D – DAY (Diagnosis Day)

Today our paediatrician delivered the news to us that all parents trust to be the news that only other parents get. The scenario that you very briefly let your mind dwell on when you think about starting a family, when you go for your first scan, and when your baby is placed in your arms for that first time. You don’t dare consider that it might actually happen to you, for that would be too much for our minds to deal with. Well it happens, and it really has happened to us.

I would happily freeze time right now and exist in this little joyful bubble. In a kind, gentle world where Jenson doesn’t know any pain or cruelty and where we haven’t had to deal with the harsh truths that lay before us.

In a world where our little boy is not so different to my friends’ little one-year-olds. He giggles when you blow raspberries, he grabs your glasses off your face, he chuckles when you play peekaboo. He knows his own name!

But the reality is that Jenson’s path leads to an unknown destination, it also has an indeterminate number of obstacles.

We are only just coming to terms with this reality.  Our initial reaction is to hope that life from here onwards doesn’t have to be an uphill struggle against the elements, but continues in the way we have known so far in his short life: to be a beautiful journey through unknown territory; which isn’t so far from the journey that we had signed up for.

Despite being told it is entirely random and nothing we did could have affected the outcome, I blamed myself.  And of course, my husband blamed himself.

Anger, confusion and despair; the emotions intertwine into a cacophony of sadness.  The worst for me is the jealousy.  I have already started to observe life around me with an unwelcome perspective – all those other babies stumbling around on their little squashy legs, learning to walk and run and slide down the staircase and climb onto the sofa, and hold their own milk bottle and use their own spoon – until today I simply thought that Jenson would achieve those things, he just needed a little extra time.  Wrong.  He may never achieve those things, we cannot be assured any longer by the naïve assumptions we have previously made.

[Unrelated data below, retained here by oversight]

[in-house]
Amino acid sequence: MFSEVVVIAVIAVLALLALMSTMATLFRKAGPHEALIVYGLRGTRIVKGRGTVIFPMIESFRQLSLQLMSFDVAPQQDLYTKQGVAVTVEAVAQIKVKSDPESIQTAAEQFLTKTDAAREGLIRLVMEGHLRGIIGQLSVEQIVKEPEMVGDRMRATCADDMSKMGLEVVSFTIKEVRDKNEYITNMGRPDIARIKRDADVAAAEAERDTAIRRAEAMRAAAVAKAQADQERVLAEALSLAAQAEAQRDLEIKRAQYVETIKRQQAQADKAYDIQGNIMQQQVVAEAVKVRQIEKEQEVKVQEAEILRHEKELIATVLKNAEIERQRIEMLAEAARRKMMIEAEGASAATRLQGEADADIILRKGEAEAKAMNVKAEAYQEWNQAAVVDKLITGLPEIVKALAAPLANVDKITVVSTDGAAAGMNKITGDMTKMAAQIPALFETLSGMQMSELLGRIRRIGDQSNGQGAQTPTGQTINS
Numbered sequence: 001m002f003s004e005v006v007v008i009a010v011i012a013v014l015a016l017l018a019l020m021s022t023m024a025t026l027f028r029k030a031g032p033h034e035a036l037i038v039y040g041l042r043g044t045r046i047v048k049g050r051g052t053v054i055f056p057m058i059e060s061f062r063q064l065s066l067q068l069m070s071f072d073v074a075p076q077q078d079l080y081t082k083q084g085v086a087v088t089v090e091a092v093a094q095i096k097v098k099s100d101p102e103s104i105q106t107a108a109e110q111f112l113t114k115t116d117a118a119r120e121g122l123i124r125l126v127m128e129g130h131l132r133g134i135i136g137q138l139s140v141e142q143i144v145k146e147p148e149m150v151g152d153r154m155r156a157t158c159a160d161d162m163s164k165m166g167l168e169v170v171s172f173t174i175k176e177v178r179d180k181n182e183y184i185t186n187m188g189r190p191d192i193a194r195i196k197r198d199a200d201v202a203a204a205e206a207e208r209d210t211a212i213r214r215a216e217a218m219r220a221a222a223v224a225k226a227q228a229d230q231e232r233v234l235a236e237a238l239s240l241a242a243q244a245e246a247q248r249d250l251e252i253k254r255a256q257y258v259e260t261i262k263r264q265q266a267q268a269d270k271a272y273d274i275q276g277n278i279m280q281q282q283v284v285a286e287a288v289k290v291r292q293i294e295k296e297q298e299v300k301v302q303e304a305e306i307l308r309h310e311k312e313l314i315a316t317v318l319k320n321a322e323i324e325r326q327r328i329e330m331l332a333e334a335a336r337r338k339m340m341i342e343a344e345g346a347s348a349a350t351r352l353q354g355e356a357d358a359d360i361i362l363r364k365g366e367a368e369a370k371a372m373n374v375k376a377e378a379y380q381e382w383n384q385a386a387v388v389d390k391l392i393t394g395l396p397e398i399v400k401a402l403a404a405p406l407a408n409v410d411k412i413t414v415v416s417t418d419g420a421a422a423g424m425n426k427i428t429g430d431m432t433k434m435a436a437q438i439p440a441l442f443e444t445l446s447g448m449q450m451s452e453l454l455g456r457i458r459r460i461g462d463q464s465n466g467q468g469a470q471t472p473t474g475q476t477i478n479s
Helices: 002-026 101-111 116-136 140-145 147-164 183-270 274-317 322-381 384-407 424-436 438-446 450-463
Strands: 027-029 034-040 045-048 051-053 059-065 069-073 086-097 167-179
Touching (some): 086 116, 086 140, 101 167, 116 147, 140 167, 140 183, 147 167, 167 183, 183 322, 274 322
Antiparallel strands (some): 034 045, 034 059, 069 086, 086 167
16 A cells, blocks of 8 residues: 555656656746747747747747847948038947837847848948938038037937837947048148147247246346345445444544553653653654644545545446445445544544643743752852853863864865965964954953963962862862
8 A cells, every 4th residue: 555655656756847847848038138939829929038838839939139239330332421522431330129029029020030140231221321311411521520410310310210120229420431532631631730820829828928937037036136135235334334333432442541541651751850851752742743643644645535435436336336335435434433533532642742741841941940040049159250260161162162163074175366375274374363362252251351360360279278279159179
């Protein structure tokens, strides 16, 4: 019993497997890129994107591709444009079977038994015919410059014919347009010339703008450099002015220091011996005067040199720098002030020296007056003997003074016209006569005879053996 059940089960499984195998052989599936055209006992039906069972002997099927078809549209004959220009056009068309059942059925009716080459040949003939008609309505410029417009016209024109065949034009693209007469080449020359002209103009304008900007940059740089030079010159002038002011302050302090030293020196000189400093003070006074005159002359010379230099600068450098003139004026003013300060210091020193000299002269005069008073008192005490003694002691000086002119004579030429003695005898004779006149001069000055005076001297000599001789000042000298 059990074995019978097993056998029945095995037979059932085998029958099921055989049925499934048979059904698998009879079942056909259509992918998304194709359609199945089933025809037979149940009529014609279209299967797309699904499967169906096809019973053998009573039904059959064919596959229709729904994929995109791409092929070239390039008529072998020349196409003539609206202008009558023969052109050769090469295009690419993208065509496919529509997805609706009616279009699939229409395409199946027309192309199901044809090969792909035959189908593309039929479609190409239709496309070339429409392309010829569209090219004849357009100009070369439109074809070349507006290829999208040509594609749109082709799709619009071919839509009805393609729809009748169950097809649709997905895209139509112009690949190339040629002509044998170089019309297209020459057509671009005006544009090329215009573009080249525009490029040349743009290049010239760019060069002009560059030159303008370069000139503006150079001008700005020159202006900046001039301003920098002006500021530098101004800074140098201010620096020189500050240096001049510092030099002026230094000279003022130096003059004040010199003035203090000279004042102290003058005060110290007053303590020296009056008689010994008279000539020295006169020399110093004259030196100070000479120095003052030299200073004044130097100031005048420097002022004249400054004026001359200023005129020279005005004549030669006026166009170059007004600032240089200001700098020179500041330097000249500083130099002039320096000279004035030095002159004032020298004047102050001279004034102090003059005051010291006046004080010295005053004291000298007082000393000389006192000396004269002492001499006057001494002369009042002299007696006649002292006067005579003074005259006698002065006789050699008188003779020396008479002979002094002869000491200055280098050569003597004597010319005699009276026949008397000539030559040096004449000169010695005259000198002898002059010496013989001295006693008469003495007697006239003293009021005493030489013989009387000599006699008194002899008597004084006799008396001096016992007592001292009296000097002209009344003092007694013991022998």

It is true to say that this raw, emotional experience has attuned me to the important things in life.  The love and kindness that has already come my way has been overwhelming; friends and family showing solidarity and humanity in abundance. Exposure to pain and sorrow certainly exposes you to a greater depth of emotion at the other end of the scale: overpowering appreciation for the relationships, friendships, and most of all, the beautiful child that we have created.

We don’t know what life has in store for Jenson aside from the inevitable hospital appointments, therapy and treatments, but one thing will remain constant, and that is the radiance and pure beauty that this little boy has been born with. The love that he gets he gives back tenfold.


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I was launched into the world of special needs on New Year's Eve 2012, on the birth of my son, Jenson. He is fabulous, sprightly and loving, and has redefined our lives. I am now a 'qualified by experience' PA, therapist, clinician, secretary, taxi, nurse, and in my spare time I am trying to be a good mummy. I work in an audit role for the NHS and along with my husband run an accountancy business from home. It's a busy household but Jenson's extra genetic material seems to have given us all extra special powers!

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